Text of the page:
Pfizer's Eucrisa snags FDA approval
- The lead product that Pfizer picked up through its $5.2 billion acquisition of Anacor in May has secured a green light from the Food and Drug Administration.
- Eucrisa (crisaborole) is now approved by the FDA for the treatment of mild to moderate eczema (atopic dermatitis) in adults and children aged two years and older. The eczema market could be worth $7.3 billion by 2024, according to GlobalData.
- The approval is based on two studies in more than 1500 patients. In the two studies, 32.8% and 31.4% of patients, respectively, were clear or almost clear after 28 days after using Eucrisa, compared with 25.4% or 18.0% who used the non-medicated ointment (vehicle). The most common side effect was burning or stinging.
Eczema, also known as atopic dermatitis, affects up to 18 million adults and children in the U.S., with around 90% having a mild to moderate form. Treatment includes moisturizing, corticosteroids and topical immunomodulators.
Eucrisa takes a different approach — it is a non-steroidal anti-inflammatory drug (NSAID). According to the company this is the first new prescription treatment option for patients with mild to moderate disease for more than a decade, and the first non-steroidal topical monotherapy that inhibits PDE-4 in the skin.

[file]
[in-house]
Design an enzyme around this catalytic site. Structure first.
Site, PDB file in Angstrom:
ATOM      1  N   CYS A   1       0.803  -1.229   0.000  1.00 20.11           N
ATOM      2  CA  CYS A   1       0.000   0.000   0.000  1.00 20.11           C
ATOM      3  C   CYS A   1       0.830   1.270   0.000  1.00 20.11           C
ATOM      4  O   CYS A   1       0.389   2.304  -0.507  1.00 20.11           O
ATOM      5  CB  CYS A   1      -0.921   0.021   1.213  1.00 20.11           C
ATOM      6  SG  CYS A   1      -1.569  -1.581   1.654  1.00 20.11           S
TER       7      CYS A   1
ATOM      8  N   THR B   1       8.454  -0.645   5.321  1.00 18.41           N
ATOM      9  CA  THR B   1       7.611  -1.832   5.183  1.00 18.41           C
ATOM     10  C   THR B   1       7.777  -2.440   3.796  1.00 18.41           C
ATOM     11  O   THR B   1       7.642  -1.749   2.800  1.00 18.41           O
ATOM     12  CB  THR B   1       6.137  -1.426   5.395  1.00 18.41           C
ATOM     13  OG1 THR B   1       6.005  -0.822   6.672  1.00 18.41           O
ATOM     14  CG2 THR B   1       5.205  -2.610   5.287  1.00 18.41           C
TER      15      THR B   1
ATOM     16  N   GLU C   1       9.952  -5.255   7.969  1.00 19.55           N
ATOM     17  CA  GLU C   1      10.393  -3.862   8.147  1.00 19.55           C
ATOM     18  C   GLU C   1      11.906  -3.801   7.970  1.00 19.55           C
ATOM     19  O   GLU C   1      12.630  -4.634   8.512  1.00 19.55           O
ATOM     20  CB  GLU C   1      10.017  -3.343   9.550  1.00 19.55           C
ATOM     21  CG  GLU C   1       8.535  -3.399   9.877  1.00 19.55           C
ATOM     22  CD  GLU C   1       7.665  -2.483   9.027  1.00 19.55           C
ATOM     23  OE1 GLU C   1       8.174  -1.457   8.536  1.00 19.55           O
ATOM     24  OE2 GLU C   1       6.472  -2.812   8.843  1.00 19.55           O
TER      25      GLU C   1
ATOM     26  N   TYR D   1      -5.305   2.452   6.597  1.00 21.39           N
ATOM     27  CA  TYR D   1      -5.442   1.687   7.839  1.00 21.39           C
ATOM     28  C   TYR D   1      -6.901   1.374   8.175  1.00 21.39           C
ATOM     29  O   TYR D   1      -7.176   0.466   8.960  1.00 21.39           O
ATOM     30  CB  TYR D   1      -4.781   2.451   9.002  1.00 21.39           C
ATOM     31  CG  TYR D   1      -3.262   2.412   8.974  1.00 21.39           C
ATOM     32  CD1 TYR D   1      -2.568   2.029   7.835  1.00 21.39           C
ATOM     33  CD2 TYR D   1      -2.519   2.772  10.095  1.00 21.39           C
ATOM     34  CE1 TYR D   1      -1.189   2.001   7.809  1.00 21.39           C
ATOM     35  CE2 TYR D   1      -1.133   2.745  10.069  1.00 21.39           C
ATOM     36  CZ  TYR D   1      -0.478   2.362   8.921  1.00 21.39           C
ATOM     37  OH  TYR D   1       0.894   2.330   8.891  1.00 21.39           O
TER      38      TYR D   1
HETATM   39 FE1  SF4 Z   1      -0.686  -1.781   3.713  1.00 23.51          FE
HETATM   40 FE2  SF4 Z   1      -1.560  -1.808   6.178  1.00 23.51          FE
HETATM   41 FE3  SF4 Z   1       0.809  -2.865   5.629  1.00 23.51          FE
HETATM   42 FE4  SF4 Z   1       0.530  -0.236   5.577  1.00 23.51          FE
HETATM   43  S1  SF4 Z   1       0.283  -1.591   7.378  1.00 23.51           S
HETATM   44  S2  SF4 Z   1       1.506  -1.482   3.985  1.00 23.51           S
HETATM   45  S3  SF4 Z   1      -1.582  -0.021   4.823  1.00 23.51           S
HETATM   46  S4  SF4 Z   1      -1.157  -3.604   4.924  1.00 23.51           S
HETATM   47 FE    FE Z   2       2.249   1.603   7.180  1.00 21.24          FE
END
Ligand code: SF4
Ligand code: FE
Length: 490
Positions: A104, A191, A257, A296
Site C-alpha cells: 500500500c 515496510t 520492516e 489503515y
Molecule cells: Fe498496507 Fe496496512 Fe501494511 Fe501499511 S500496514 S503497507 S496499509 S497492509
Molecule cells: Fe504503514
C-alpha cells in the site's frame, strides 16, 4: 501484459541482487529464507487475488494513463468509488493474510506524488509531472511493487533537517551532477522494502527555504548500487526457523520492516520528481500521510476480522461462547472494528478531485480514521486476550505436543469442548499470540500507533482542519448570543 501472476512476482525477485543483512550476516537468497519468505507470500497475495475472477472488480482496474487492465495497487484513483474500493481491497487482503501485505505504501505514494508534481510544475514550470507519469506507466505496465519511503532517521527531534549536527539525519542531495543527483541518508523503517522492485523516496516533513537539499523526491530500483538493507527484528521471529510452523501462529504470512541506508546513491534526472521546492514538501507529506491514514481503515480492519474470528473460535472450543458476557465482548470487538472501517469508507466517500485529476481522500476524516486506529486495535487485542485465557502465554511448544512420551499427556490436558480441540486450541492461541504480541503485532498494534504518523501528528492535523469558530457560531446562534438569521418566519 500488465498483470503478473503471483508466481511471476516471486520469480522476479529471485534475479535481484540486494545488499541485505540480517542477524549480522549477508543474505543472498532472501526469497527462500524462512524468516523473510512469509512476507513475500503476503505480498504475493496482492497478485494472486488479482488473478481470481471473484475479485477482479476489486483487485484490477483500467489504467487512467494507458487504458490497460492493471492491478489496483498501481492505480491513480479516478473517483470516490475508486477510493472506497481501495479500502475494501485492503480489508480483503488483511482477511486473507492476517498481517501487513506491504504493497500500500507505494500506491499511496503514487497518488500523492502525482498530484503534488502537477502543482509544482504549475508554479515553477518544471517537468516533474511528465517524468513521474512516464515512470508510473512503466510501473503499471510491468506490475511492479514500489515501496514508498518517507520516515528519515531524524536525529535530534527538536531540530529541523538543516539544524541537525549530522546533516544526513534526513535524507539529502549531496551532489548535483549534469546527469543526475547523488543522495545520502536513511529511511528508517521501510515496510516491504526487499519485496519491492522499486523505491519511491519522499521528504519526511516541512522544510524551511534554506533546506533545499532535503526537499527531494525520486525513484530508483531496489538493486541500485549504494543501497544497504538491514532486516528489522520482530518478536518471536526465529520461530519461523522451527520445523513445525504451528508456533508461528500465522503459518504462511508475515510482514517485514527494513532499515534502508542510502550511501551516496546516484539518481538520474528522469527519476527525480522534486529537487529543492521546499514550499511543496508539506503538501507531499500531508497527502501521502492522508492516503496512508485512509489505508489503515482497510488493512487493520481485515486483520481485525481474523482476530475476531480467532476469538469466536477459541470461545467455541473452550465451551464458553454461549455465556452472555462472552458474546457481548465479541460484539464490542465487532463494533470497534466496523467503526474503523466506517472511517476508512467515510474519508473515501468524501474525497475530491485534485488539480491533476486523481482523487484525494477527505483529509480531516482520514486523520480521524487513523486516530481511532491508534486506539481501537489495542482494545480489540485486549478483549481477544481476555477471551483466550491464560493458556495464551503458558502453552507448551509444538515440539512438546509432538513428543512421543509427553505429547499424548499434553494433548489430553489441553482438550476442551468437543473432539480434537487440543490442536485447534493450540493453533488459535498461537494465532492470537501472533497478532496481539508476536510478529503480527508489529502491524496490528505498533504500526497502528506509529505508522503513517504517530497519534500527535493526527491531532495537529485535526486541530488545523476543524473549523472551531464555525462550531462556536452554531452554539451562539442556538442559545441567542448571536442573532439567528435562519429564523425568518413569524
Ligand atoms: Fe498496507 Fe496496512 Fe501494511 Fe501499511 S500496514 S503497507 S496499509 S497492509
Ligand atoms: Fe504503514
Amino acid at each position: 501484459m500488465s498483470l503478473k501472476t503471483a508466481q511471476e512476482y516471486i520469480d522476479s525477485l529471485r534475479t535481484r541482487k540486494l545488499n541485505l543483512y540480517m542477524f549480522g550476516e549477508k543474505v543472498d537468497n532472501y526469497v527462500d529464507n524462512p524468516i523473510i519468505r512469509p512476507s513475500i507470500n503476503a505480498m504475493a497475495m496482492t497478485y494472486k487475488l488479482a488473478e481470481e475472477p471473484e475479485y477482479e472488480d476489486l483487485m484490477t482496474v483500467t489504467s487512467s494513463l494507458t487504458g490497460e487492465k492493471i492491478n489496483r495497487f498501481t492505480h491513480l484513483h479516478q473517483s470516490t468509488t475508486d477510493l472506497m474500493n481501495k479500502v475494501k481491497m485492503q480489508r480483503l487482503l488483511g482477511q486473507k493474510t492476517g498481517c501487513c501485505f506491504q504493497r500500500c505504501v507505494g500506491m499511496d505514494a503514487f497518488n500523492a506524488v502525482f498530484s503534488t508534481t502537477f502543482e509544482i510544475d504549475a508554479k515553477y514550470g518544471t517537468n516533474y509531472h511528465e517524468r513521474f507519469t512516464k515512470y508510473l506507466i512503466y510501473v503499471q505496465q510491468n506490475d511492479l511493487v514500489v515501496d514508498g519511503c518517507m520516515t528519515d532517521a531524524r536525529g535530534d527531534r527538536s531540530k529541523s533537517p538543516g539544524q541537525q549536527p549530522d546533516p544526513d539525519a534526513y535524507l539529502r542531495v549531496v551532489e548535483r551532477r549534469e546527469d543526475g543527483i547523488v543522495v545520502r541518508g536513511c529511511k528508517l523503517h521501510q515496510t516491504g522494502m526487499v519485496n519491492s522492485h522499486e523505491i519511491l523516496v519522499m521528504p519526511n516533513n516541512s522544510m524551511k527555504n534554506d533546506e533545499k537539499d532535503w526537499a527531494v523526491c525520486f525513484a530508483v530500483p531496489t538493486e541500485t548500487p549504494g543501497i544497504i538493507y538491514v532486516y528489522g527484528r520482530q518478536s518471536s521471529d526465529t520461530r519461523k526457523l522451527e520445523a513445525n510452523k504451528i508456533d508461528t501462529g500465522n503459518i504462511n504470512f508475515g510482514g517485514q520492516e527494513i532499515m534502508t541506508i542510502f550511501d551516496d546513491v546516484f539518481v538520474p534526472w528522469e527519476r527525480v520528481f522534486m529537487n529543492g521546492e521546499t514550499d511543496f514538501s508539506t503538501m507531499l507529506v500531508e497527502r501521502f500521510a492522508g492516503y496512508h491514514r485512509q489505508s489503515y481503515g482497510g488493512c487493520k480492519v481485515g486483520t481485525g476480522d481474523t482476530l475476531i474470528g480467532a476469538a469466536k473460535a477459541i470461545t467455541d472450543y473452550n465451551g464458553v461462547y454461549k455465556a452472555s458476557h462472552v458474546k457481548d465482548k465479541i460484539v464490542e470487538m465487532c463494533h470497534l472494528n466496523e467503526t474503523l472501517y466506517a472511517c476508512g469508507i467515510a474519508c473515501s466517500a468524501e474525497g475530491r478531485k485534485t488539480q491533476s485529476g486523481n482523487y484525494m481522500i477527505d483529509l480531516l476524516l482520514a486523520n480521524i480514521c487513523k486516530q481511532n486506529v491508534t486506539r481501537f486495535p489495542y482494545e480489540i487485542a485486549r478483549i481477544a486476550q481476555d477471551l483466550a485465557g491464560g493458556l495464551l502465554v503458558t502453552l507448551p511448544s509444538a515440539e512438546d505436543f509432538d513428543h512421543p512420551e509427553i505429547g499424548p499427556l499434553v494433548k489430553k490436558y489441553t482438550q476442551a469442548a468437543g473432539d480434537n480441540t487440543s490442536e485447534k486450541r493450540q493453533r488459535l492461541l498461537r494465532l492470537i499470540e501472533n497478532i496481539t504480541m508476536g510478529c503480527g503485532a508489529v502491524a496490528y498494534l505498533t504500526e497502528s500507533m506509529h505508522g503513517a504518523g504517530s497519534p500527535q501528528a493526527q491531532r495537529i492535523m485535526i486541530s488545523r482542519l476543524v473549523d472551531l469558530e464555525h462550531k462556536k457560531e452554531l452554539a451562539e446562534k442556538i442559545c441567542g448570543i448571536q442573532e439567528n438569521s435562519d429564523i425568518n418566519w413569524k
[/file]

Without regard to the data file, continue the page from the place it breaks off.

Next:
"Today’s approval provides another treatment option for patients dealing with mild to moderate atopic dermatitis," said Amy Egan, deputy director of the Office of Drug Evaluation III in the FDA’s Center for Drug Evaluation and Research (CDER).
Pfizer has been on a spending spree this year and gained Eucrisa when it bought Anacor Pharmaceuticals in May in a $5.2 billion deal .Eucrisa was Anacor's lead candidate. While the company has inflammation and immunology products in the pipeline and on the market, this acquisition provided a near-term launch.
Other non-steroidal eczema drugs heading towards the market include Sanofi and Regeneron's Dupixent (dupilumab), a monoclonal antibody in Phase 3 for severe eczema. A report from Reuters also flags up drugs earlier in pipelines, including Roche's lebrikizumab, AstraZeneca's tralokinumab, and Celgene's apremilast, which could be the first oral treatment for eczema.
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